TJFF 2017: Our Review of ‘Harmonia’

Posted in Festival Coverage, Movies by - May 15, 2017
TJFF 2017: Our Review of ‘Harmonia’

Filmmaker Ori Sivan is a man who knows how to explore the complexities of relationships. After all he is one of the creators of the Israeli series In Therapy (Be’Tipul), which served as the basis for the HBO drama In Treatment. His latest work, Harmonia, finds the director retelling the Genesis story of Abraham, Sarah, and Hagar through a modern-day lens.

Abraham (Alon Aboutboul), the conductor of the Jerusalem Philharmonic Orchestra, is married to Sarah the company’s principal harpist (Tali Sharon). Though they share a passion for the arts, the fact that Sarah has been unable to have children has become a point of tension in the marriage. The couple’s relationship takes an unexpected turn when a French horn player, Hagar (Yana Yossef), is accepted into the company. After striking up a friendship with Sarah, Hagar offers to be a surrogate for the couple, on the condition that she will not have any responsibility in raising the child.

As one might expect, this decision has major ramifications for everyone involved when Ben, the son Hagar gave birth to, discovers years later that Sarah is not his real mother.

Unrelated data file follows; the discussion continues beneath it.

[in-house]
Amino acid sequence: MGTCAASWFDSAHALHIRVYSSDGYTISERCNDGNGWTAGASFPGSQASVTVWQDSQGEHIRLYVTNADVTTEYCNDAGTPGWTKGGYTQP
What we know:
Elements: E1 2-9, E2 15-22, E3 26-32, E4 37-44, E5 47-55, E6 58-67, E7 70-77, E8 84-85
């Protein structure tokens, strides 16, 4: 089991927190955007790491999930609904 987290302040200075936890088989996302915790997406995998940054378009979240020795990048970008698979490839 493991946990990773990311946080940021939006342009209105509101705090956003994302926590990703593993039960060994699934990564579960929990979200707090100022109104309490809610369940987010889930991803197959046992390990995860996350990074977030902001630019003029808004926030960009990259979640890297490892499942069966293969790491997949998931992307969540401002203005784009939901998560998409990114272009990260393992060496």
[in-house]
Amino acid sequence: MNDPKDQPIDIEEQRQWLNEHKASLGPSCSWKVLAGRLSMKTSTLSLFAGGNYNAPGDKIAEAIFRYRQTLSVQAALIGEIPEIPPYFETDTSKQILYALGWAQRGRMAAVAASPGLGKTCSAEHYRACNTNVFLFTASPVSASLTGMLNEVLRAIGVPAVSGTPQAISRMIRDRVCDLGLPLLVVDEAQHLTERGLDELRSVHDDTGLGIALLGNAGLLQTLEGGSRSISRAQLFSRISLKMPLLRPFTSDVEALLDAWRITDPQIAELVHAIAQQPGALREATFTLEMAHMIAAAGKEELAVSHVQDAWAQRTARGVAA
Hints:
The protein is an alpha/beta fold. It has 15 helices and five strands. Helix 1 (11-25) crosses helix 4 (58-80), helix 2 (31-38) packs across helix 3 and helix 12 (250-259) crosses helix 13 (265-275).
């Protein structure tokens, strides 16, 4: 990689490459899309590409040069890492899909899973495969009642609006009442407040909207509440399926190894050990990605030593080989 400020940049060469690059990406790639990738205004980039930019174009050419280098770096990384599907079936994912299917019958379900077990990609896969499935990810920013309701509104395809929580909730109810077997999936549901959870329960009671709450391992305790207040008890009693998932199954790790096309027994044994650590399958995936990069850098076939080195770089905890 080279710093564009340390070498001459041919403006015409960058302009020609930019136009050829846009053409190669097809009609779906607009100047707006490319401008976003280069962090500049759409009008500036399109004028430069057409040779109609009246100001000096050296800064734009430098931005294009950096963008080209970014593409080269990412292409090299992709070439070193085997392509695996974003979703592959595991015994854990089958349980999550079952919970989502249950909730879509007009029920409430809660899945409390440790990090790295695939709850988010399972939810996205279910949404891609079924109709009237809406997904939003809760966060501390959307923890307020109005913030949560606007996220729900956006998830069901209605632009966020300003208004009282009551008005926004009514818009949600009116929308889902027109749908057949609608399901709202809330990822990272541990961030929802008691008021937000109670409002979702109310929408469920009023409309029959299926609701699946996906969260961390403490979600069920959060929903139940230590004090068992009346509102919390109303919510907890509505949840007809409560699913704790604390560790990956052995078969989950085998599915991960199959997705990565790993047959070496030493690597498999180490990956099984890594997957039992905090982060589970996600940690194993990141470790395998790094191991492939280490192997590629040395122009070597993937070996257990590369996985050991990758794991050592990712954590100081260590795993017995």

Sivan uses music as an intriguing glue that binds the crumbling family together. However, Harmonia loses its captivating edge when it shifts from the Sarah/Hagar friendships and focuses primarily on the triangle of Sarah, Ben and the addition of Sarah’s own son Isaac. The petulant child and frustrated mother conflict between Ben and Sarah feels repetitive and reveals how thinly written the characters are.

Though the film builds to an emotional, but rather convenient, ending, it is a bit of a chore getting there. Spanning several years, Harmonia strives to be an intricate symphony, but fails to sustain its occasional high notes.

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Courtney is a Rotten Tomatoes approved critic and the founder of Cinema Axis. He can frequently be heard discussing film as co-host of Frameline on Radio Regent. Courtney has contributed to several publications including Leornard Maltin, That Shelf, Black Girl Nerds, and Comix Asylum Magazine. He also celebrates diversity in cinema as co-hosts of the Changing Reels podcast and is a member of the Online Film Critics Society.
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